How to secure rivets?


I am new to the list and to making jewelry. I am trying to put it
rivets and have a question.

I am using straight wire the size of the drill hole. Although not
loose, it can slide through. When I try to flatten one side of the
rivet, it wants to slide through.

What is a good way to secure the small piece of wire while I flatten
one side? Or is there some other way to do this?

Any suggestions welcome.
Thanks. Jamie

Related Readings
Ganoksin Library > Fabrication > Hinges & Catches

Here’s something I found on line that explains the process very
completely, basically what I was talking about:

  General Riveting Info 

  I use 14, 16, 18, or 20 gauge wire (smaller than 20 gauge is
  hard to hit in the correct places to get the mushrooming of the
  rivet head). I also form all of my rivet heads on one side of
  the wire at the same time (this saves me time). It takes 2
  rivets to lock a piece in place (3 for stilt rivets). The wire
  that you're using to make the rivet needs to fit very snugly in
  the drill hole (you can use a drill plate to test what you're
  wire/drill combo before you start or you can use trial and
  error on a piece of scrap metal). If your piece has a patina on
  it cover the area surrounding the future rivet with masking
  tape to protect the patina. 

  Standard Rivet 

  Put a piece of wire (~2") in a vise, leaving as much sticking
  up as the wire is wide (we're talking milimeters here... if too
  much is sticking up you'll get a bent wire and no rivet) & file
  so the top of the wire is flat. Use the ball end of a chasing
  hammer to hit the edges of the wire. Continue working around
  all sides of the wire in a circle. Repeat as necessary to form
  a nice mushroom head. I use a chasing hammer instead of a
  riveting hammer because the rounded end of the chasing hammer
  is much more forgiving when making rivets. Cut the wire about
  1/2" longer than you need. Slide the wire through the pieces to
  be riveted so that the head you just made is on the front. Cut
  the wire a little taller than you need it so that you can file
  it down. Place front head of rivet on a steel block and hammer
  the back end of the wire to make another rivet head. 

  Counter Sunk Rivet (almost invisible) 

  Use a 2mm-3mm setting burr (pyrimad shaped) to drill out an
  upside down triangle in your metal (may repeat on the other
  side if desired). Make a standard rivet head, slide into the
  pieces to be riveted, & gently hammer it into the upside down
  triangle so that the surface is flat (you may need to finish
  your hammering with the flat end of a chasing hammer). Trim
  your wire on the back side, make a standard rivet, and hammer. 

  Ball Head Rivet 

  Use a round/ball burr to drill holes around the edges of a
  thick piece of plexiglass. Put a piece of silver wire in cross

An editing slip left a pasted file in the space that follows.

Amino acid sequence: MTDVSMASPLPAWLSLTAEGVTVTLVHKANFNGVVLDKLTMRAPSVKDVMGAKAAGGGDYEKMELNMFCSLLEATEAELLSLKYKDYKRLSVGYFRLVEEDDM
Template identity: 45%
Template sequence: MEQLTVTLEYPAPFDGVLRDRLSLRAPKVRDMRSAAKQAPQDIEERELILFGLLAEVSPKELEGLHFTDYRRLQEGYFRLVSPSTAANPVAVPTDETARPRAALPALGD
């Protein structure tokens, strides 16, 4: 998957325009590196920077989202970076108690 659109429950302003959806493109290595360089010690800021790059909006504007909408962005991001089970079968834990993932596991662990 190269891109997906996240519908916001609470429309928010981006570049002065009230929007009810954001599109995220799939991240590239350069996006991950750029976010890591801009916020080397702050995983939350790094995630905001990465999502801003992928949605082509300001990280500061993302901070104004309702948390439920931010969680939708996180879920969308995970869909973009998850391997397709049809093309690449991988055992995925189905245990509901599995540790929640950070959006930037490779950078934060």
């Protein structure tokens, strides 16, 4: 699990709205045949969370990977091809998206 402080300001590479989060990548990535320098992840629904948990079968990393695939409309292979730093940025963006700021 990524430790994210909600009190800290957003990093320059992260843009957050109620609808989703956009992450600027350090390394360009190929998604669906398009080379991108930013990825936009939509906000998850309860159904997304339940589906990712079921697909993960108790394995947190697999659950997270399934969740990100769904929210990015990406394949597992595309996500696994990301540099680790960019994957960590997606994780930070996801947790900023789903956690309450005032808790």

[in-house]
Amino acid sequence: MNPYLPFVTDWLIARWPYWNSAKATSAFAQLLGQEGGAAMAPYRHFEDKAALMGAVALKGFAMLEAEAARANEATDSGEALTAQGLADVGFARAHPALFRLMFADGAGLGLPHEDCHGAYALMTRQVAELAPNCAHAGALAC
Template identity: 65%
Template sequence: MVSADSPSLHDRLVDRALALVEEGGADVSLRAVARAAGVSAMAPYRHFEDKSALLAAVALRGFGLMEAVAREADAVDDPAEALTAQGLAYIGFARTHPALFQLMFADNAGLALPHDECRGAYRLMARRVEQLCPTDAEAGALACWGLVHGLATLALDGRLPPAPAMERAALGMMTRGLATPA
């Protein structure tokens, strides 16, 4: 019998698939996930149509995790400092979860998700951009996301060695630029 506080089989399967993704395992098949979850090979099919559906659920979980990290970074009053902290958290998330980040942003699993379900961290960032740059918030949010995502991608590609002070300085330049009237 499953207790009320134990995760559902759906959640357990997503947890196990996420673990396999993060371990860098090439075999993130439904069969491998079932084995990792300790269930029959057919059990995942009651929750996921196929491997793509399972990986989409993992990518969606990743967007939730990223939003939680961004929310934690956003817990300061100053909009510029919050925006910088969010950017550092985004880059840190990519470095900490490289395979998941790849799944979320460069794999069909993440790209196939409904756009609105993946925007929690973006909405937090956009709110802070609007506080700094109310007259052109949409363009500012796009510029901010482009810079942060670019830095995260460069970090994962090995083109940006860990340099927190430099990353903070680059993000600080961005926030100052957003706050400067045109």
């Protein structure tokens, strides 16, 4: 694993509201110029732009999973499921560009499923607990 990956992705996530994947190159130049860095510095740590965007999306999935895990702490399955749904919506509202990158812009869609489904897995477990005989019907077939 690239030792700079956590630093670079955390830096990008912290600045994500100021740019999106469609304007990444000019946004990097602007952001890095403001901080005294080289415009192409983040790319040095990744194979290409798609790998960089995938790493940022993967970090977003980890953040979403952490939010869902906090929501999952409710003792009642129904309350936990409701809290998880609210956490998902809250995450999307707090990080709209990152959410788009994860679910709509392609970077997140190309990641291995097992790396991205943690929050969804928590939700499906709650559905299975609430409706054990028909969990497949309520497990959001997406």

locking tweezers. Apply self-pickling flux to wire. Heat up and
  down wire until it glows, then focus the torch briefly on the
  end of the wire, it will ball up. Use a cup burr (larger than
  the ball on the end of the wire) to round of the ball. Place
  rivet through pieces to be riveted with the ball end on the
  front of the piece. Place the ball end in the appropriately
  sized hole in the plexiglass. Plase plexiglass on a steel
  block. Make a standard rivet on the back of the piece (or you
  could make another ball head rivet). 

  Stilt Rivet 

  The wire you're riveting with should fit very snugly inside
  the tubing. Drill 3 holes in your piece at the same time.
  Measure tubing and cut (preferably with a tubing jig so all
  pieces are exactly the same). Gently sand the edges of tubing
  in a circular motion to remove the burr. Make 3 standard rivet
  heads, slide them through the bottom piece of metal, slide
  tubing on each rivet, and slide top piece of metal on top of
  the tubing. Make standard rivet heads, be gentle so you don't
  smash the tubing. Metal beads with large holes work instead of
  tubing as well. 

  Tube Rivet 

  Drill holes in your metal so that the tubing fits snugly, since
  these holes will be pretty large start with a small drill bit
  and gradually increase the size of the drill bits. Use calipers
  to measure the thickness of your metal, cut the tubing 2mm
  longer than the thickness of your metal. Place the tubing
  evenly in your metal. Use a daping tool in a vise on the
  bottom and the flat end of a ball peen hammer on the top to
  begin to form a flange. Flip the piece upside down frequently
  so that the flanges form equally on both sides. Use the next
  size larger daping tool and repeat. If you want a flower
  shaped/criss-cross tube rivet saw a "+" on each end of the